The biggest key in running complex facilities such as petroleum refineries is communication. Ever wondered how people communicate in such refineries and what technical terms they use? Well here is a list of a few such technical terms you should know about petroleum refineries:
A refinery feedstock is a product or a combination of products derived from crude oil and destined for further processing other than blending in the refining industry. It is transformed into one or more components and/or finished products. It is to keep in mind that feedstock is different from raw materials, those are the ones that are unprocessed.
Off-gases formed at refineries often contain components such as diolefins, olefins, CO2, CO, hydrocarbons, H2S, and various organic sulfur species – all of which are harmful to the environment and subject to increasingly stricter regulations. The goal of the refineries is to minimize the emission of off-gas and further try to convert undesirable products into high-value products
ADU refers to the Atmospheric Distillation Unit in refineries where lighter hydrocarbons are separated from heavier oils by boiling them off where heavier oils are left in the bottoms which are further passed to a Vacuum Distillation Column also known as VDU, in short, is operated at low pressures or vacuum so that oils in the bottom product can be boiled off without cracking.
Octane and Cetane Number
Octane no. is the measure of the percentage of isooctane in the fuel when knocking is initiated thereby estimating the performance of the engine. Cetane No. is an indicator of the combustion speed of the diesel fuel. The engine is more effective when Cetane and Octane no. both are high.
Fluid Catalysed Cracking Unit
A process to break long-chain hydrocarbons to small- chain hydrocarbons with heat and catalyst which is a sand-like solid fluidized by hot liquid and vapor. Mostly the products are distillate, gasoline, butane and propane fuels.
Reforming is the process of converting petroleum naphtha obtained from crude oil distillation to high-octane compounds. These compounds, called reformates, generally consist of branched and cyclic alkanes, which have higher octane numbers than straight-chain hydrocarbons. These are further dehydrogenated to form aromatic compounds which have even higher octane numbers.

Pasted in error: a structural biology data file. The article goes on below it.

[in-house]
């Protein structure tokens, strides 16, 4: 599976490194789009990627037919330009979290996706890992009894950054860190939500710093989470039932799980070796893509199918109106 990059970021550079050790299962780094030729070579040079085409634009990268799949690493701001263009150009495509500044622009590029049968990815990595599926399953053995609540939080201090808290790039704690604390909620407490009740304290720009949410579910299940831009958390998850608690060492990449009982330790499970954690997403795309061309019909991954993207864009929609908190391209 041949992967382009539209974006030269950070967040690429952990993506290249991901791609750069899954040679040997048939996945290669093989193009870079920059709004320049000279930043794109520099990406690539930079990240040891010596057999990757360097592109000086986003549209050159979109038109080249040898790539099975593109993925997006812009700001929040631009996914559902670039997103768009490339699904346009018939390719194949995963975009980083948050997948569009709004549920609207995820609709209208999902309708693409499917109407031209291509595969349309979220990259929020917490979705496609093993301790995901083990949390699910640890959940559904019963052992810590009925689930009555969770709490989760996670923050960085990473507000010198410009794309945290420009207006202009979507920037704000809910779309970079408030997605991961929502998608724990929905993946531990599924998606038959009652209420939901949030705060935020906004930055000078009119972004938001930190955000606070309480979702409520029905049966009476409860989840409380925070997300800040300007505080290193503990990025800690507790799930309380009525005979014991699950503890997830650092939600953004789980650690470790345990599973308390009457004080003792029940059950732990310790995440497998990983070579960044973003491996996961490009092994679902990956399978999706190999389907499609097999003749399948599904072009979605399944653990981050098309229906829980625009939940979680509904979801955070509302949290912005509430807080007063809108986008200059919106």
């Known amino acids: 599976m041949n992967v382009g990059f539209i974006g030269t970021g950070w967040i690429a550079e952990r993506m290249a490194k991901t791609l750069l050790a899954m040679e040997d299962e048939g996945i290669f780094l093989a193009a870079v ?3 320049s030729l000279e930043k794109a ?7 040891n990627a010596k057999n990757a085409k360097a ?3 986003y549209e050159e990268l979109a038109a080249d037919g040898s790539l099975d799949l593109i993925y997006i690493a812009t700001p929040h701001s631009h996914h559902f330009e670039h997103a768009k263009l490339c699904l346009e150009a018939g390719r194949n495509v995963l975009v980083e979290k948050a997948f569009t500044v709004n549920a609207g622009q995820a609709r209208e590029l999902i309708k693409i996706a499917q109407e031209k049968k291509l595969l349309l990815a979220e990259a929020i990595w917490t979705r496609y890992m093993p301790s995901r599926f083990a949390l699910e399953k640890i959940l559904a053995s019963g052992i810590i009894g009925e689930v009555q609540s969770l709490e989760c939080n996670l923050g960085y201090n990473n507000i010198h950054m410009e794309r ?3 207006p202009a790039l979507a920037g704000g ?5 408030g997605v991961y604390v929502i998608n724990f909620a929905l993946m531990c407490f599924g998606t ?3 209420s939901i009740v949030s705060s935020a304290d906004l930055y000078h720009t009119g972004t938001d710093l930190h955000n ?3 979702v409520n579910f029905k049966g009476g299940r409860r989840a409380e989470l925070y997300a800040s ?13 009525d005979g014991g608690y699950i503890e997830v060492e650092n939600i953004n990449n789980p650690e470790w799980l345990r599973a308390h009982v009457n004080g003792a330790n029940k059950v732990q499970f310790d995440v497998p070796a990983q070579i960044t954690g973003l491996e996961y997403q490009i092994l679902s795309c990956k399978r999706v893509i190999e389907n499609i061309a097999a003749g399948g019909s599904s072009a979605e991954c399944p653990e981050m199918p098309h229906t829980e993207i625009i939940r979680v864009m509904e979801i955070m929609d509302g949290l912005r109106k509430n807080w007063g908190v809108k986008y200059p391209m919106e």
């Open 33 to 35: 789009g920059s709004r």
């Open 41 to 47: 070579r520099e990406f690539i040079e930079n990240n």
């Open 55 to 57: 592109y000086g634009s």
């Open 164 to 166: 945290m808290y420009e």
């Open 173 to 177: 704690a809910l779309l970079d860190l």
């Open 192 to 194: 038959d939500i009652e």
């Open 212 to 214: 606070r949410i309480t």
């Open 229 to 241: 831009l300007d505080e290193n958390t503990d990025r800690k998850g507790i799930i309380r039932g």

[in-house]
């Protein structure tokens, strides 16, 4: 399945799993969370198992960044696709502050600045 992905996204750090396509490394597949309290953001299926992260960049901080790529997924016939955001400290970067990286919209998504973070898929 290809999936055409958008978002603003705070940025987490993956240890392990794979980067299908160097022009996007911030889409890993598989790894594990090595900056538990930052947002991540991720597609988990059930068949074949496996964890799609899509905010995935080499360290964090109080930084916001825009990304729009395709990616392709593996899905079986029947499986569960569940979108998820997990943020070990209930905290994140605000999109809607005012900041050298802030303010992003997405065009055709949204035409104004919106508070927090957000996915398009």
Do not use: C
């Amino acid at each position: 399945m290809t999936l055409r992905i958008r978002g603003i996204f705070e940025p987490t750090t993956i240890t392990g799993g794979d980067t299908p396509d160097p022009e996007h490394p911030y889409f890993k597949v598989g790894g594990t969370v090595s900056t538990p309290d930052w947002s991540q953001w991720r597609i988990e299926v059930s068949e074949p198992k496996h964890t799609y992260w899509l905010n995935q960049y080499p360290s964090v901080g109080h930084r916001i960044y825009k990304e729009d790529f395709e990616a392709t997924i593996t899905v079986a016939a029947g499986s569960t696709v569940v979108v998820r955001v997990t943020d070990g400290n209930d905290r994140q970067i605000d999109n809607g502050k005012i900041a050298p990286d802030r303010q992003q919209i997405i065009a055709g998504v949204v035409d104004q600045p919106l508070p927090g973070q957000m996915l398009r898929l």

Since platinum is the most widely used catalyst in reforming, the process is also known as platforming.
A large amount of hydrogen gas is formed as a by-product, which is reused in other refinery processes such as hydrodesulfurization and hydrocracking.
HDS is the abbreviation for ‘Hydrodesulfurization’, which, as the name suggests is the removal of sulfur using hydrogen gas from refinery products such as gasoline, diesel, fuel oil, naphtha streams, etc. Due to its application in HDS, hydrogen gas is also known as a detergent in refineries.
Removal of sulfur from refinery products is very crucial for both environmental and commercial reasons. Sulfur is a major pollutant in fuels. In naphtha streams, high amounts of sulfur can poison precious metal catalysts used in reforming processes. H2S gas obtained from HDS is converted to elemental sulphur and sulfuric acid, which constitute the majority of the global supply of sulfur.
O2C stands for ‘Oil to Chemicals’ (also referred to as COTC – Crude Oil to Chemicals) is the latest buzzword in the future of refineries. Traditionally, refineries converted nearly 50-80% of the feedstock into transportation fuels (e.g. gasoline, diesel, etc), but with the integration of O2C technologies, they are gradually shifting the focus of production to high-value chemical products. This holds special significance in light of falling demand for conventional fuels, environmental concerns and a general rise in demand for petrochemicals.